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Dipeptidyl peptidase IV (DPP4)-deficiency attenuates diet-induced obesity in rats: possible implications for the hypothalamic neuropeptidergic system.
MedLine Citation:
PMID:  20887754     Owner:  NLM     Status:  In-Process    
The underlying mechanisms controlling food intake and satiety are thoroughly controlled, but seem to be insufficient under conditions of almost unlimited food supply. Hence, overweight and obesity are serious problems especially in industrialized countries. To assess the possible influence of CD26, exerting a dipeptidyl peptidase activity (DPP4) cleaving several energy homeostasis-relevant peptides, we investigated wild type and DPP4-deficient dark agouti rats in a model of diet-induced obesity and found a reduced weight gain in DPP4-deficient rats. When investigating the specific increase of whole body fat volume by MRI to assess the distribution pattern (subcutaneous vs. intraabdominal), there was an altered ratio under dietary conditions only in DPP4-deficient rats, which was due to lower intraabdominal fat amounts. Furthermore, we investigated the number of cells immunopositive for the leptin receptor (OB-R), the orexigenic leptin antagonist neuropeptide Y (NPY), as well as of the NPY receptors Y1, Y2, and Y5 within hypothalamic nuclei. Independent from the body weight, higher levels of NPY and all receptors were expressed in DPP4-deficent rats. Under obese conditions, hypothalamic Y2-levels were reduced in both strains. Concerning NPY and Y1, there were partly oppositional effects, with reduced hypothalamic Y1 levels only in wild types, and increased NPY levels only in DPP4-deficient rats. These effects might be responsible for unaltered food intake in DPP4-deficent rats compared to wild types, despite reduced weight gain. However, since the food intake remained unaffected, these effects suggest that DPP4 exerts its effects on intraabdominal fat also via peripheral actions.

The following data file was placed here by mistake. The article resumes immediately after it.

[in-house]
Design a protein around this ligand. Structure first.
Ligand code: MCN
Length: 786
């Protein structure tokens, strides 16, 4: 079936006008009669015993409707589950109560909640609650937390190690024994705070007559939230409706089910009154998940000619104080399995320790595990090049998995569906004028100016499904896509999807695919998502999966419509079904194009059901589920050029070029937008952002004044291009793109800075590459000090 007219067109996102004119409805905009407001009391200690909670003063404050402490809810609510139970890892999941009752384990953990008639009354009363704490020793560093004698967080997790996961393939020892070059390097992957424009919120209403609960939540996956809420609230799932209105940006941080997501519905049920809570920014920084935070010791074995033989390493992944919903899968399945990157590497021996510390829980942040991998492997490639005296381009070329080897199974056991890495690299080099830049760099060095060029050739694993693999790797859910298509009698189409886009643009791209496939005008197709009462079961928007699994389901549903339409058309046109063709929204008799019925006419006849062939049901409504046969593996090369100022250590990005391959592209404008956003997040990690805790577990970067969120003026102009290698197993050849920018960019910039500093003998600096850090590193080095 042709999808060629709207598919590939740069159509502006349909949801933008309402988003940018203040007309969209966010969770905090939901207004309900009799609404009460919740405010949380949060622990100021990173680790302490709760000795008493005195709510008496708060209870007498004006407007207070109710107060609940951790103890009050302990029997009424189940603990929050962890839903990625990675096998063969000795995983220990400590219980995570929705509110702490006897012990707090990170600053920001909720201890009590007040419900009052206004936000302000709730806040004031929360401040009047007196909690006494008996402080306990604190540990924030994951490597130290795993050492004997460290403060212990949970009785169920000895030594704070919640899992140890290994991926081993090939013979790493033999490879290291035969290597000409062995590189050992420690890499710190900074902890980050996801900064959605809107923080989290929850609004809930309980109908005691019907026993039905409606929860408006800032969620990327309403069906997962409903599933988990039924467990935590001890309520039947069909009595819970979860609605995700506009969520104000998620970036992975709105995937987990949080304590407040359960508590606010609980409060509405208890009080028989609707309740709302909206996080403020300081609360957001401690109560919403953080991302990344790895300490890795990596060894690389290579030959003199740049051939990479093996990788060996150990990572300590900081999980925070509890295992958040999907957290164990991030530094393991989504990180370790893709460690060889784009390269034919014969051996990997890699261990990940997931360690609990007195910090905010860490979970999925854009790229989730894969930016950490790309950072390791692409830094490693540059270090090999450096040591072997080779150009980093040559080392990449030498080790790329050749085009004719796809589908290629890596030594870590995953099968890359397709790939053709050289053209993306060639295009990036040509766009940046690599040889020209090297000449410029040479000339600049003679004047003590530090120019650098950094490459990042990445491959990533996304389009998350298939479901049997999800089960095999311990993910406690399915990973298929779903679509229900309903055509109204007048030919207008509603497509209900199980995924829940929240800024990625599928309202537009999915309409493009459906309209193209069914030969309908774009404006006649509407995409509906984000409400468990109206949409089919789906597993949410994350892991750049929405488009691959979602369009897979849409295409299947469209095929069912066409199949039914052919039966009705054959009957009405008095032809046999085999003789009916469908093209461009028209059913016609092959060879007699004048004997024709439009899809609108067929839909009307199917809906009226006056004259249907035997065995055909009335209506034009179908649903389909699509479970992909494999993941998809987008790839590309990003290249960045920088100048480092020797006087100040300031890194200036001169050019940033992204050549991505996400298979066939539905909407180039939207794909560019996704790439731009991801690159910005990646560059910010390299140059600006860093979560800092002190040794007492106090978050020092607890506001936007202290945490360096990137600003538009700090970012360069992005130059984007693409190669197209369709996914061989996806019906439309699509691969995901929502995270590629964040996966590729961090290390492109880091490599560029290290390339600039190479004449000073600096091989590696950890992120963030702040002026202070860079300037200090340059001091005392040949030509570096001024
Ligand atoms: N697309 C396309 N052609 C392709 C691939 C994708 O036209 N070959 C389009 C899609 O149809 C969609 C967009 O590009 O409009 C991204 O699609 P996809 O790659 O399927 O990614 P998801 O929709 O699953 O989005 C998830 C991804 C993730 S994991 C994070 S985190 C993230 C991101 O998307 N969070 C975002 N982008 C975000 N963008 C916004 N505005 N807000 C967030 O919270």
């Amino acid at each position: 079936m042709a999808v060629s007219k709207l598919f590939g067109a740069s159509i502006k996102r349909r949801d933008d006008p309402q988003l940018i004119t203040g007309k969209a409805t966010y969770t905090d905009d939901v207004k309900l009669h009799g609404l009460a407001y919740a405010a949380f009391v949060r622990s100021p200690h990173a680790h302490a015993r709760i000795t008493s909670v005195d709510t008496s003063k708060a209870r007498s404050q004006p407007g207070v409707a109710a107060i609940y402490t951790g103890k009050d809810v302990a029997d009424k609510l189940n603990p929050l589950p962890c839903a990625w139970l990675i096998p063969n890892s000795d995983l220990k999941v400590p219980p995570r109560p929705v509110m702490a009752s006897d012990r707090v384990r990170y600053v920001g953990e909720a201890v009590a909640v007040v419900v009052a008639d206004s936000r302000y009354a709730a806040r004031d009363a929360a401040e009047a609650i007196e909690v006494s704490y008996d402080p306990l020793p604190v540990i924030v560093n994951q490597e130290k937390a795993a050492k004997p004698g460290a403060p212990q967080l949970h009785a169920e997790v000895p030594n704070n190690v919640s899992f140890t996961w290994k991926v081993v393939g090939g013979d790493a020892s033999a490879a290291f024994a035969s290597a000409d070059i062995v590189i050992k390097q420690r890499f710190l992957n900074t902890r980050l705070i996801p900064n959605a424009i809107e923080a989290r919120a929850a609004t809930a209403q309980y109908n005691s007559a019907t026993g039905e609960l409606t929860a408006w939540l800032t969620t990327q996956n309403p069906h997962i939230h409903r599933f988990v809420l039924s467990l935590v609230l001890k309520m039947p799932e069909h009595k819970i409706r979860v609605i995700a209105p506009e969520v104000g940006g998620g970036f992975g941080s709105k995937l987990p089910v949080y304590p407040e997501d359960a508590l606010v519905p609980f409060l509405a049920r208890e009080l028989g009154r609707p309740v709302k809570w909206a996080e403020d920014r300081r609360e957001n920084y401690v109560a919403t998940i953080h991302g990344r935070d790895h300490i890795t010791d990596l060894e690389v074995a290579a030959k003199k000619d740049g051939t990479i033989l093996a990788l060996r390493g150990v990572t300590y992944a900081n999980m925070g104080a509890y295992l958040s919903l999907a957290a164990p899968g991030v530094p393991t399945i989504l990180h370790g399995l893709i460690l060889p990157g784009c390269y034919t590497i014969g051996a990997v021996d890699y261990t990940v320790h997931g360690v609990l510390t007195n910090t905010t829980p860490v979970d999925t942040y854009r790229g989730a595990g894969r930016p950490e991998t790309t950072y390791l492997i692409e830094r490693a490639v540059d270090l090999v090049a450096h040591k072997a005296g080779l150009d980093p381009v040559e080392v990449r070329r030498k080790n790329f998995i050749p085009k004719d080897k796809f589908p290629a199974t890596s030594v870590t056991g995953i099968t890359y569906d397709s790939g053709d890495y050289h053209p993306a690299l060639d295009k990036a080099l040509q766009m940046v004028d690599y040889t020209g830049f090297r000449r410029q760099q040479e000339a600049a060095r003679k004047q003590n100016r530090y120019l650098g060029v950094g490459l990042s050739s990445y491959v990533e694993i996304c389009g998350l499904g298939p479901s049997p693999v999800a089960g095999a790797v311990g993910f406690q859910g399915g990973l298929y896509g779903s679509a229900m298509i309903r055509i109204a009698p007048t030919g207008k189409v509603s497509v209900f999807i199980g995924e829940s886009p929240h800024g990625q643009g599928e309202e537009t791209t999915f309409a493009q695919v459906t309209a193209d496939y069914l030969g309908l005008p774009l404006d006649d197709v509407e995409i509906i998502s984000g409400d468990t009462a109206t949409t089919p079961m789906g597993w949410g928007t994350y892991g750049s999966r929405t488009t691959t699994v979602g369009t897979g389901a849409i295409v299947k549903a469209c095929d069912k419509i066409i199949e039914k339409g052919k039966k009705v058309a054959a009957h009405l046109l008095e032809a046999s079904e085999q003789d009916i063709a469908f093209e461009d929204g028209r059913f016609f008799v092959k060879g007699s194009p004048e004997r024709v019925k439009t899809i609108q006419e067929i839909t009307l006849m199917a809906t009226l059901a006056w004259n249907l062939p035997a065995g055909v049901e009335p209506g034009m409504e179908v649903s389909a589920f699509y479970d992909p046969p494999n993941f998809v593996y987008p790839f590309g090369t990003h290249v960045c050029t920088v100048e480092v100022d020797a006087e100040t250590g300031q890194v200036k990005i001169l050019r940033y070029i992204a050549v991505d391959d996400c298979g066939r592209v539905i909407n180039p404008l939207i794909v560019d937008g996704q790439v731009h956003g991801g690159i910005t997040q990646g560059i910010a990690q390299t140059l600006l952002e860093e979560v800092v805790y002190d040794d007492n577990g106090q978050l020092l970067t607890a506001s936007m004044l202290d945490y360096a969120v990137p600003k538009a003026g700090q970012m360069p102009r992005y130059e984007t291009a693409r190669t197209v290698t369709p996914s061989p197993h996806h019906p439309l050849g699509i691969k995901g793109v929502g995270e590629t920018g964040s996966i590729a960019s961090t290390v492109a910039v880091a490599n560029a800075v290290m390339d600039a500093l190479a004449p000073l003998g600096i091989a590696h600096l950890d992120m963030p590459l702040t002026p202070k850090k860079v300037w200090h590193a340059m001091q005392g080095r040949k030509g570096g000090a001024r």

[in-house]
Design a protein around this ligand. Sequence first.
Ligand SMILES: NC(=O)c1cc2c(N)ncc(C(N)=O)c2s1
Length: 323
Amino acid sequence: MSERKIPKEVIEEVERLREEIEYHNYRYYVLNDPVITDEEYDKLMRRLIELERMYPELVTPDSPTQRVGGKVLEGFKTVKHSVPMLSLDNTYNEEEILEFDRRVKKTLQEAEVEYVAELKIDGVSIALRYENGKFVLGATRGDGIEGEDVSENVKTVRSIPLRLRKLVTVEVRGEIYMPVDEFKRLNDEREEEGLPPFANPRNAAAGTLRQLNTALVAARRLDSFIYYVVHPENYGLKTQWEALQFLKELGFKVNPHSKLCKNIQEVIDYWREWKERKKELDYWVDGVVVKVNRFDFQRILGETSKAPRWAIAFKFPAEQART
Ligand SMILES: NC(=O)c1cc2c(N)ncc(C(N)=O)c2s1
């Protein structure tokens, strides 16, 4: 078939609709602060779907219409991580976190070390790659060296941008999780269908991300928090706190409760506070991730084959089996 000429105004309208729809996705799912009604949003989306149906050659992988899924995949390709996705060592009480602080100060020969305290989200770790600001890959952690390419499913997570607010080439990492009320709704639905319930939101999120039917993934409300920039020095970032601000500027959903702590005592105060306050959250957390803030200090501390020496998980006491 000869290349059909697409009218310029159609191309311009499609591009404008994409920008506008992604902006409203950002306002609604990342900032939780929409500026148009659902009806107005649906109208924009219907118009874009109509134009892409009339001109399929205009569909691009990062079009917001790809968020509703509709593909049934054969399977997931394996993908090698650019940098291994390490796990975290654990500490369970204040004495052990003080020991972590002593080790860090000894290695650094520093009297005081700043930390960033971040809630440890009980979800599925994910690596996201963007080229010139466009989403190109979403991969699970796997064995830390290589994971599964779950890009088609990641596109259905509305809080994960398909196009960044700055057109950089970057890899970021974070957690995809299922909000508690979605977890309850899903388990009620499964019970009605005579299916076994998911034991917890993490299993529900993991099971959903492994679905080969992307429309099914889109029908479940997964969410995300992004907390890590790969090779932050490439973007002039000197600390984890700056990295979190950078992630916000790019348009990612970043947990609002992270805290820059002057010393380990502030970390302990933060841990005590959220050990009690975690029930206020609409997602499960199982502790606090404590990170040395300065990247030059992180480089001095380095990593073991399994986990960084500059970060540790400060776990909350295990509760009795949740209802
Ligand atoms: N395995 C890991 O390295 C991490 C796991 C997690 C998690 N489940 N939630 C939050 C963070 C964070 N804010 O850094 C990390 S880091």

Michael Stephan; Anna Radicke; Sandra Leutloff; Andreas Schmiedl; Reinhard Pabst; Stephan von Hörsten; Sabine Dettmer; Joachim Lotz; Heike Nave
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Publication Detail:
Type:  Journal Article; Research Support, Non-U.S. Gov't     Date:  2010-09-29
Journal Detail:
Title:  Behavioural brain research     Volume:  216     ISSN:  1872-7549     ISO Abbreviation:  Behav. Brain Res.     Publication Date:  2011 Jan 
Date Detail:
Created Date:  2010-11-15     Completed Date:  -     Revised Date:  -    
Medline Journal Info:
Nlm Unique ID:  8004872     Medline TA:  Behav Brain Res     Country:  Netherlands    
Other Details:
Languages:  eng     Pagination:  712-8     Citation Subset:  IM    
Copyright Information:
Copyright © 2010 Elsevier B.V. All rights reserved.
Clinic for Psychosomatics and Psychotherapy, Hannover Medical School, OE 7160, Carl-Neuberg-Strasse 1, 30625 Hannover, Germany.
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